Why is this election so close? Shouldn't Obama be cleaning McCain's clock, given his advantages in funding, organization, charisma, party ID trends, etc?
Not necessarily. Most presidential elections just aren't blowouts. In particular, presidential elections without incumbents are usually pretty close. As I've mentioned before, the last non-incumbent to win by more than 10 points was Ike in '52. Even Dukakis, who basically refused to fight back under attacks from the Bush Sr. campaign, only lost by eight points.
To me, the closest historical parallels to this election are those of 1952 and 1968. In both cases, the incumbent administrations (Truman and Johnson, respectively) were terribly unpopular with voters, largely because of unpopular wars. The incumbents declined to run that year for fear of losing. Their anointed successors (Adlai Stephenson and Humbert Humphrey, respectively) were solid candidates wearing the albatross of an unpopular party label. And in both cases, the incumbent party lost, but it was actually pretty close in 1968. Indeed, it might have gone the other way had George Wallace not taken some southern electoral votes from Humphrey as a third party candidate that year. McCain is in the unenviable position of Stephenson and Humphrey, trying to argue that he'll pursue the incumbent party's policies but in a more competent manner. It's difficult, but again, Humphrey almost pulled it off.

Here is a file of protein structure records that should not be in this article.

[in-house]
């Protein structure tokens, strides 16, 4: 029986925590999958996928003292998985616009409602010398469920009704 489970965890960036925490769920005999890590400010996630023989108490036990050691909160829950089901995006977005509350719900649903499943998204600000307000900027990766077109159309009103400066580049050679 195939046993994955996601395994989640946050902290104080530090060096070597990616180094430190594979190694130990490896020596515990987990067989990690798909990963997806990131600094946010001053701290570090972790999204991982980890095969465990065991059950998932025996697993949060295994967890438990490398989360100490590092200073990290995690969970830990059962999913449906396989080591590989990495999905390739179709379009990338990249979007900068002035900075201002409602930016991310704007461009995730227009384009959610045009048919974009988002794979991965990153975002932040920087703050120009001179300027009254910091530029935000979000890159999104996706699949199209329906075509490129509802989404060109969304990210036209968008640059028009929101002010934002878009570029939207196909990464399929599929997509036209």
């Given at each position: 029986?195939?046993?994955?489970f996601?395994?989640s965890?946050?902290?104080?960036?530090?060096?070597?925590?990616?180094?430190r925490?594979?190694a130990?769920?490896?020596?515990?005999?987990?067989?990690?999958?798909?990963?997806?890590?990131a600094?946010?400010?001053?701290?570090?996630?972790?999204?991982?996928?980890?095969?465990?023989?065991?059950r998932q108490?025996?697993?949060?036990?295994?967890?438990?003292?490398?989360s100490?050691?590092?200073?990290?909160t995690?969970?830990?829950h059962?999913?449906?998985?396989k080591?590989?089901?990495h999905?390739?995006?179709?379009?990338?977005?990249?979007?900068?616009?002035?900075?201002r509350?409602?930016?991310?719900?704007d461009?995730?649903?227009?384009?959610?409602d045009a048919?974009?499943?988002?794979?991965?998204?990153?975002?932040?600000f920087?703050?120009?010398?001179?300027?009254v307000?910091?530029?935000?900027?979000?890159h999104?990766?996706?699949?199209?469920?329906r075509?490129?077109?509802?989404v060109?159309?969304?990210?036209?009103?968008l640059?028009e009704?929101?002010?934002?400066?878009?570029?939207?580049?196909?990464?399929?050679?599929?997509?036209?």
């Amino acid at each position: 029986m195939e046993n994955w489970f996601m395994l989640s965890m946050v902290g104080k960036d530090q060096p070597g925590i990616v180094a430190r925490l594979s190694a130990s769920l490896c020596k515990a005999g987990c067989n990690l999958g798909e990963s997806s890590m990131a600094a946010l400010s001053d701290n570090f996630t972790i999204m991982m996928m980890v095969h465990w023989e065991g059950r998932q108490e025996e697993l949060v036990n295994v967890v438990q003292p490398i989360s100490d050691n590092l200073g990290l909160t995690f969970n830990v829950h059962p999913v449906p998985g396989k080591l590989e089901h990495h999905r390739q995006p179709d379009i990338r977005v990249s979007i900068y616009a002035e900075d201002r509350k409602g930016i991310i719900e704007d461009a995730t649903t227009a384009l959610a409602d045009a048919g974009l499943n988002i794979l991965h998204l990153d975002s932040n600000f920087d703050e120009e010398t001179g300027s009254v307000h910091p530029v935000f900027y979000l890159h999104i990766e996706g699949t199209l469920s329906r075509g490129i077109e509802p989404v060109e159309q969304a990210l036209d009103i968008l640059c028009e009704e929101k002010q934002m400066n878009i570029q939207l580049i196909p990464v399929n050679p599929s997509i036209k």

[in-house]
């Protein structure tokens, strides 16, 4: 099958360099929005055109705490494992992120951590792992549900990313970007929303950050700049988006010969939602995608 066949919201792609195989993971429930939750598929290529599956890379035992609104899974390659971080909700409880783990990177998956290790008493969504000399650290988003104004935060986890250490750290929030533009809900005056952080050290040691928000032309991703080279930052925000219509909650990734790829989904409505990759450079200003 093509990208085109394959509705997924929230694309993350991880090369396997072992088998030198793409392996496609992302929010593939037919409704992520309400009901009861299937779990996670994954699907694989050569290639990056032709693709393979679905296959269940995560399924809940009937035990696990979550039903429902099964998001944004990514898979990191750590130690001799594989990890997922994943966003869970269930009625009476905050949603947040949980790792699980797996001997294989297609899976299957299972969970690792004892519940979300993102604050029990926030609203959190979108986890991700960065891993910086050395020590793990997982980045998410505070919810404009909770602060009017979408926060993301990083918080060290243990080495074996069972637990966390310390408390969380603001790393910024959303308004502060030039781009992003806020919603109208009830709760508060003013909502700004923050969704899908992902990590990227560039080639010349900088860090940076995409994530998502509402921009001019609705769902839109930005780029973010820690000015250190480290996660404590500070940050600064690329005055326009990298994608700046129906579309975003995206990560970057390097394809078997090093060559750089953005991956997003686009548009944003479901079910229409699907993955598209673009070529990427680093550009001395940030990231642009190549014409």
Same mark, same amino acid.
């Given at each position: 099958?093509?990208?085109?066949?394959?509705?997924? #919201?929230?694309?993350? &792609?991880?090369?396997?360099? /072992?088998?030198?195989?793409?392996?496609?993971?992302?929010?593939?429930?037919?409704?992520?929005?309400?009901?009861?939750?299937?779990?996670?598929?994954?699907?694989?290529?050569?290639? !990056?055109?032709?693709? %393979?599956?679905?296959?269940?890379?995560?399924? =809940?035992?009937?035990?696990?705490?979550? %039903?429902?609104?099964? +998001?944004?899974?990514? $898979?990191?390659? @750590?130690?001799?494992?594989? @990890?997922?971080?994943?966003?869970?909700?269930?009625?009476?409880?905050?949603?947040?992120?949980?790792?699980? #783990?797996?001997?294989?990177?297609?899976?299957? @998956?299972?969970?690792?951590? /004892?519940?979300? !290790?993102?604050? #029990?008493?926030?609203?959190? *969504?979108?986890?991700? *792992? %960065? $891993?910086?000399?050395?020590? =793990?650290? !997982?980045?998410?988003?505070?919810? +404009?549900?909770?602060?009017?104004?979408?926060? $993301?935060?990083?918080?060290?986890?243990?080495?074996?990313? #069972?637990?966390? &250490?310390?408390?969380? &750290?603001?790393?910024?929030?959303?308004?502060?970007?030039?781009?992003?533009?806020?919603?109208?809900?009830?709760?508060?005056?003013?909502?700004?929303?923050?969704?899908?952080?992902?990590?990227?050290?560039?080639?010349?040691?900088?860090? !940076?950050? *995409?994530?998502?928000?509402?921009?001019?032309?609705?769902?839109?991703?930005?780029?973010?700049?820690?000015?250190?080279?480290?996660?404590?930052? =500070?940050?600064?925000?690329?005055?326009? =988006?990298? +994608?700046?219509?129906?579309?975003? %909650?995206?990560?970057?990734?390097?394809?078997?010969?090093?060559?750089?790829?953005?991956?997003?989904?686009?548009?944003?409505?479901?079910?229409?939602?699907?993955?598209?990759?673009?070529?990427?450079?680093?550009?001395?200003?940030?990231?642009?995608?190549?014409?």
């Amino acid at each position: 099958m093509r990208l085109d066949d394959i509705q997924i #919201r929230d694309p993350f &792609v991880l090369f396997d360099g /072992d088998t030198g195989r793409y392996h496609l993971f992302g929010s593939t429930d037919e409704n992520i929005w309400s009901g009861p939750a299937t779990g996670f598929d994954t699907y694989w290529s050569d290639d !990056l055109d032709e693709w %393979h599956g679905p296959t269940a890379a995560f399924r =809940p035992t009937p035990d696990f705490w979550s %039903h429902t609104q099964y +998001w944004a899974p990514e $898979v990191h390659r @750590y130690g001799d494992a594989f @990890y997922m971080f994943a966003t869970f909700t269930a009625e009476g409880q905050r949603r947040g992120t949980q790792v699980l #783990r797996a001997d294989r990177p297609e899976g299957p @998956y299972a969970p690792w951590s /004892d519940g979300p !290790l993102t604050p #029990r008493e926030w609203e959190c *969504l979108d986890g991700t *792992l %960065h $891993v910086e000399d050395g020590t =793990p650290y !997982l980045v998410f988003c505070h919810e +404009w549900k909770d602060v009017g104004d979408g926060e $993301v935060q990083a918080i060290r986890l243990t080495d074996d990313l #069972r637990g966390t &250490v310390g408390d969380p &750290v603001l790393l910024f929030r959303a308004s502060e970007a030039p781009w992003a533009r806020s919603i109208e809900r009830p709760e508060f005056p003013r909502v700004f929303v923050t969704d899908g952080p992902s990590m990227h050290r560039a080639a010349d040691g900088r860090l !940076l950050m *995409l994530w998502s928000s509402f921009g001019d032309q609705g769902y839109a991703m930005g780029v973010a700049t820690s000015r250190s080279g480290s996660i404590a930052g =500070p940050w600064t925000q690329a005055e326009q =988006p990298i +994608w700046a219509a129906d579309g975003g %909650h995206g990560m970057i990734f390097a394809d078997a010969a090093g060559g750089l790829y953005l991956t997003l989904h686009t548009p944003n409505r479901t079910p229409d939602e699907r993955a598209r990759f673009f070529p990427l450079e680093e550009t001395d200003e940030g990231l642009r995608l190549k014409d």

Most predictions I've seen (including my own) based on the economy, presidential approval, etc., suggest that Obama will win, but only by 4 to 6 points. Is there a penalty for being black? Possibly, which would knock Obama down by one or two points. So again, a really close race, which is exactly where things were just before the convention. Then Obama got a bounce out of his convention, and then McCain got a bounce out of his convention. After a week or so, things will probably settle down to where they were just before the conventions, which was pretty close.
Of course, we should still recognize that presidential elections are not national contests, but rather 51 statewide contests. In the state polling, Obama's position still looks pretty strong, as he's likely to take all the Kerry states, and traditionally red states like Montana and Virginia are in play.
Again, we'll have a more realistic idea of what the race looks like in a week or so. But it's likely to remain a nailbiter.